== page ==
May is Mental Health Awareness Month, which for years has been a platform to increase understanding about mental illness and advocate for better mental health care. Now more than ever, you don’t have to look too hard to see that mental health is a daily fixture in the national conversation. Unfortunately, mental health issues have become far too common for people of all ages and in all walks of life.
An Influx of Demand from Pediatrics to Geriatrics
We know that children are in dire need of access to mental health services. In April, a draft recommendation by the U.S. Preventative Task Force said all kids ages eight to 18 should be screened regularly for anxiety. This comes on the heels of the American Academy of Pediatrics and American Foundation of Suicide Prevention releasing a blueprint for youth suicide prevention.
The Covid pandemic has sparked the spread of our youth mental health crisis. But those who were the most vulnerable to begin with—racial and ethnic minorities, low-income youth and children in rural communities, LGBTQ+, and anyone who has been historically marginalized and discriminated against in medicine and behavioral health—have been hit hardest. Accounting for only these pandemic-induced disruptions, children and adolescents with largely untreated anxiety, trauma, and isolation have been pushed past a breaking point.
The same can be said for seniors, too.
Loneliness—an outcome of the pandemic so many of us have dealt with—for older adults can lead to an increased risk of memory impairment, among other serious medical conditions. As behavioral health for seniors deteriorates, the likelihood of symptoms such as depression, anxiety, and insomnia increase. There’s also new evidence of Covid’s dual-threat on seniors’ mental and physical health.
An April 2022 JAMA study of more than 263,000 fully vaccinated U.S. Department of Veterans Affairs (VA) patients, suggests that those with psychiatric disorders may be at heightened risk for contracting Covid even after vaccination. Older adults at the VA with psychiatric conditions were found to be 24% more likely to have a breakthrough case. More than half of the study participants were diagnosed with a psychiatric disorder, and a positive Covid test confirmed a breakthrough infection in 14% of this group.
The fact is behavioral health clinicians can only meet 28% of patient’s behavioral health needs across the U.S. through traditional means. We need technology-based interventions to meet the constant demand for mental health services by patients young and old.
Telehealth from Hospital to Home
Traditional care delivery models limit the number of patients who can be treated and where they receive treatment. A virtual-based approach has the potential to improve overall access and reduce mental health disparities across the continuum of care. Consider these gaps:
– Data shows that more than half (56%) of U.S. counties are without a psychiatrist, 64% of counties have a shortage of mental health providers, and 70% of counties lack a child psychiatrist.
– Primary care physicians (PCPs) have served as primary managers of psychiatric disorders in one-third of their patient panels. Meanwhile, two-thirds of PCPs have previously reported having trouble getting psychiatric services for patients.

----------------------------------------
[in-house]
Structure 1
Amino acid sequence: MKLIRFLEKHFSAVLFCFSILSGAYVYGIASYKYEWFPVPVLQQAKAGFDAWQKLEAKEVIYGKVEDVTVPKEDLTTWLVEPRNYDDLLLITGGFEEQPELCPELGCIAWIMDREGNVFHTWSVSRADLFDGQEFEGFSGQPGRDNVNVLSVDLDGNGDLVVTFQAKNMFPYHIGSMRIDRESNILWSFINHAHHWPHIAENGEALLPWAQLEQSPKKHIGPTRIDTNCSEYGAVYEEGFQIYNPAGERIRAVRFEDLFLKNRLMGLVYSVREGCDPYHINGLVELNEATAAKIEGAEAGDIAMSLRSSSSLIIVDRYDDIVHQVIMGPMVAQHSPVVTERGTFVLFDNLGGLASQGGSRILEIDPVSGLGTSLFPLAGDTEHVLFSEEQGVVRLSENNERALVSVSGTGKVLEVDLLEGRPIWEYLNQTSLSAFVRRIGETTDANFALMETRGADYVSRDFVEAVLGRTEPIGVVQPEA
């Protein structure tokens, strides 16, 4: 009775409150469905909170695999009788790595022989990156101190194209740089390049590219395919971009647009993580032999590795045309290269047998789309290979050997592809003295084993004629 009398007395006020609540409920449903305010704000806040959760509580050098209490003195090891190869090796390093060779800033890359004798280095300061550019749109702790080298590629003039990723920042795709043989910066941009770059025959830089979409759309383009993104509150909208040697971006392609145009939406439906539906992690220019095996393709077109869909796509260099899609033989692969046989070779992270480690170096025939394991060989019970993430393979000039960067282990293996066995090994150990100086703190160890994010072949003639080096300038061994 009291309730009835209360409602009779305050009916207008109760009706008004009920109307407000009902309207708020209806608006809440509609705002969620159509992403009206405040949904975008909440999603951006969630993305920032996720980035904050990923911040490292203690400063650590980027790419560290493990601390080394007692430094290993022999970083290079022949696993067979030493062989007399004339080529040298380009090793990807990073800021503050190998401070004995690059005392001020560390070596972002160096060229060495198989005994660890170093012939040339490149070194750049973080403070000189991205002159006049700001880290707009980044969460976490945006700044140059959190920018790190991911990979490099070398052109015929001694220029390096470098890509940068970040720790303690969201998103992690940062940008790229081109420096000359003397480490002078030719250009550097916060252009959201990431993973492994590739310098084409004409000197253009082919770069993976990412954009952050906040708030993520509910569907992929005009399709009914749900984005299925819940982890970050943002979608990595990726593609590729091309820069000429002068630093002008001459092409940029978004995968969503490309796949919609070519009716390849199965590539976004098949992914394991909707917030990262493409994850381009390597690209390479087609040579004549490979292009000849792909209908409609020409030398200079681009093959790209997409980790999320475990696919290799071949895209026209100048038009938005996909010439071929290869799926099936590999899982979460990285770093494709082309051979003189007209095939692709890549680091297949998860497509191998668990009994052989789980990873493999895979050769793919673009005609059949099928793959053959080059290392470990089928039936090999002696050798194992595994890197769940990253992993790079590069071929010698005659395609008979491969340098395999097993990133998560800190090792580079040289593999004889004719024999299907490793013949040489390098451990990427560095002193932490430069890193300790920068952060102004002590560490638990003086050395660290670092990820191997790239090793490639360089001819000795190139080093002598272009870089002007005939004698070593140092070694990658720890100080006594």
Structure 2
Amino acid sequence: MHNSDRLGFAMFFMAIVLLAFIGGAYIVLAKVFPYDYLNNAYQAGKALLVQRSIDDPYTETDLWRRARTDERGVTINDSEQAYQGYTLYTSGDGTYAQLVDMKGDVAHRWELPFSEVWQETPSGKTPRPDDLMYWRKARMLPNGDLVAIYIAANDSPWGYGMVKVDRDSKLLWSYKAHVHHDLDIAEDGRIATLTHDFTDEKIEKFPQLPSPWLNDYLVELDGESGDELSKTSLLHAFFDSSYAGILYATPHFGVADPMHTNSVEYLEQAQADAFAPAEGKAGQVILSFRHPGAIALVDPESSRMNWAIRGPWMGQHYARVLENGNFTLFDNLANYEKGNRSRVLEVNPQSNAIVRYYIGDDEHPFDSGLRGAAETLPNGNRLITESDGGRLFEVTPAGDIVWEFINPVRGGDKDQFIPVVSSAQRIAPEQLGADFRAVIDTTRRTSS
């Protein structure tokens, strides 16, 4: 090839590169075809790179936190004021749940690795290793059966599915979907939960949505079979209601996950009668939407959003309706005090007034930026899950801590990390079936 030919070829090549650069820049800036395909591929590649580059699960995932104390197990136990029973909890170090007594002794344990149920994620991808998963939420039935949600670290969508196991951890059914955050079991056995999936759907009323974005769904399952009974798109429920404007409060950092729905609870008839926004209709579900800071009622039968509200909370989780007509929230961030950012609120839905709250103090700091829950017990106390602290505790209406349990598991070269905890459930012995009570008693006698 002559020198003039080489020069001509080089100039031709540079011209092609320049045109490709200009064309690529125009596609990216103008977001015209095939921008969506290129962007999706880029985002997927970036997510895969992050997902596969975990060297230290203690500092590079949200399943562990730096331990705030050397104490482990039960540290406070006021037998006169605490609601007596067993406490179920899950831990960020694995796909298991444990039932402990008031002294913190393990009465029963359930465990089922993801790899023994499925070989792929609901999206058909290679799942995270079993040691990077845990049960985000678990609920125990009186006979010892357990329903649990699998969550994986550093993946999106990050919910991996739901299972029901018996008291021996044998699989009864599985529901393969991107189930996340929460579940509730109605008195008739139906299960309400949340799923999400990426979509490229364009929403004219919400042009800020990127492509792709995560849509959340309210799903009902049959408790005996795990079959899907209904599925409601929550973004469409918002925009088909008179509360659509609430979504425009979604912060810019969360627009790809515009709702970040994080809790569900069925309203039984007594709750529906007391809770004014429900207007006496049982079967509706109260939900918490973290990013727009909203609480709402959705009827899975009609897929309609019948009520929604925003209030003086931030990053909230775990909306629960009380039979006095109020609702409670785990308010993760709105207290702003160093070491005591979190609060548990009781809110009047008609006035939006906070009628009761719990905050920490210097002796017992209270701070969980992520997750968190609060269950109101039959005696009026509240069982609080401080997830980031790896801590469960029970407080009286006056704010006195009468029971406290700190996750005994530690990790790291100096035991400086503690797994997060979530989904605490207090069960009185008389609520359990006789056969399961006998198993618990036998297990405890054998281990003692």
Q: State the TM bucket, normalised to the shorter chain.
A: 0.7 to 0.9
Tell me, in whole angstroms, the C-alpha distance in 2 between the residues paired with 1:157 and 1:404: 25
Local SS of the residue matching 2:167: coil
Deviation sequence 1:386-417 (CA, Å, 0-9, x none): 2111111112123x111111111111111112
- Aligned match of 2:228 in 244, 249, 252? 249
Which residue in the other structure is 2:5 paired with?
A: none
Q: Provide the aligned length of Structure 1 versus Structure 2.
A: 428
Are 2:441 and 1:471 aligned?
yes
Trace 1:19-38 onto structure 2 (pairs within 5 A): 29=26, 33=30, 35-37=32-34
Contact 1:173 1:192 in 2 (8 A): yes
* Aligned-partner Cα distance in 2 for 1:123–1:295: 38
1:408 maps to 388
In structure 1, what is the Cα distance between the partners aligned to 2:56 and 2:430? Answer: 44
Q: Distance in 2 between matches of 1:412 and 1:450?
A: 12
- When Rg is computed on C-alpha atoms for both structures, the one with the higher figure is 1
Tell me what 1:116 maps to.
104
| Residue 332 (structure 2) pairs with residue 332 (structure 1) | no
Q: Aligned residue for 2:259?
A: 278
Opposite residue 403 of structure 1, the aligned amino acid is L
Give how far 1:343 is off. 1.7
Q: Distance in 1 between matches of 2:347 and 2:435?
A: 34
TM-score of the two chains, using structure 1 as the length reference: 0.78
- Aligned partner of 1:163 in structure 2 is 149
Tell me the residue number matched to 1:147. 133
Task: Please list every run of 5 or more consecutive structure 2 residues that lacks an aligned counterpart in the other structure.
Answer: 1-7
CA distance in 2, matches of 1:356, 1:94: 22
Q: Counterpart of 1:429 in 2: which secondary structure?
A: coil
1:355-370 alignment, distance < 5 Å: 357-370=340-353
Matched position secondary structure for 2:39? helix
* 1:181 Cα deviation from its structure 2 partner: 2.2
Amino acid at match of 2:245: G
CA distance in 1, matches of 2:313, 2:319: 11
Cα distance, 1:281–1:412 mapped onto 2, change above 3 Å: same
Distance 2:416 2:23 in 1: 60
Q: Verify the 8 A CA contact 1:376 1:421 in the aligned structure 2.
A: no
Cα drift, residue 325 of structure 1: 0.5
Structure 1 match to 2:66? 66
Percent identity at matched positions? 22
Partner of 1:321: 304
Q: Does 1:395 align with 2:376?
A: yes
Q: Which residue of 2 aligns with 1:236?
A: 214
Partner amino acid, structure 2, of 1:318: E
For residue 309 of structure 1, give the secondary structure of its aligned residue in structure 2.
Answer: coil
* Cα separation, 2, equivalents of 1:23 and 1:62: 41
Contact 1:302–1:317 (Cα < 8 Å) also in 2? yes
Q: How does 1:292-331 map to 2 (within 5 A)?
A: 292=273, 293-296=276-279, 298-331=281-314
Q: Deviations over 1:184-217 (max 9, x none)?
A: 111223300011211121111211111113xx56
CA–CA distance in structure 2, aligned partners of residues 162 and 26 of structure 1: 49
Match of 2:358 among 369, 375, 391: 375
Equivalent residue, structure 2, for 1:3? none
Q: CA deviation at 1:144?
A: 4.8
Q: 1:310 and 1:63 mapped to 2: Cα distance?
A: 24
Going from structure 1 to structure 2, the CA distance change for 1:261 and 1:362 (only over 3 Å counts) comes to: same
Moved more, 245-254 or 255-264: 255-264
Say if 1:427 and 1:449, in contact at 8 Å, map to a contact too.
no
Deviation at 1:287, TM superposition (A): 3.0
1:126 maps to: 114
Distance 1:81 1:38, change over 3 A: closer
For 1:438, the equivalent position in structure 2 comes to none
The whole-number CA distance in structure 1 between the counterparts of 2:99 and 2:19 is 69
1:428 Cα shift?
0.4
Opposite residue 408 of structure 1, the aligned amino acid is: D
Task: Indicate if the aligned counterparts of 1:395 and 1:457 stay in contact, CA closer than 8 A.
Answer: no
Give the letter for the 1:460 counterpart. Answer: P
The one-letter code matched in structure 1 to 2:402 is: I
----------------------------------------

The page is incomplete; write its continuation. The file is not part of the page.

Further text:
– At least 10% of all patients in an emergency department present with a psychiatric illness.
Improving behavioral health access and the range of services is a challenge that can be mitigated with telehealth. Virtual collaborative care unites telepsychiatrists with PCPs to consult, treat, and diagnose patients with complex mental health conditions. Hospital staff and clinicians in emergency departments, psychiatric inpatient units, and other care settings can connect remotely with licensed psychiatric professionals to provide guidance in treatment decisions so patients can move on to appropriate next levels of care quickly. And individuals can book an appointment to see a licensed behavioral health clinician online much sooner from home—in just a few days instead of weeks or months—compared to in-person.
Virtual care has proven to break down geographic barriers that limit access as well as silos that keep mental and physical health clinicians from working in a more coordinated and holistic way. With all of this in mind, what credible argument could anyone make against telehealth being a permanently accessible option, just like any other appointment?
Bridging the Behavioral Health Access Divide
Mental Health Awareness Month is an important time each year to fight stigma, build unity, and provide a platform to advocate for mental health and access to care. But we also know all too well that there is a perfect storm of mental health needs—from our youngest to oldest generations. That need cannot possibly be met through traditional models of care. When given the opportunity to flourish, virtual care works for patients and clinicians across the care continuum. The more telehealth is validated as a permanent fixture in healthcare with proper reimbursement, the better off our country’s mental health will be.
About Geoffrey Boyce
Geoffrey Boyce (he/him/his) is the CEO of Array Behavioral Care (formerly InSight + Regroup), the leading telepsychiatry service provider in the United States with a mission to transform access to quality behavioral healthcare.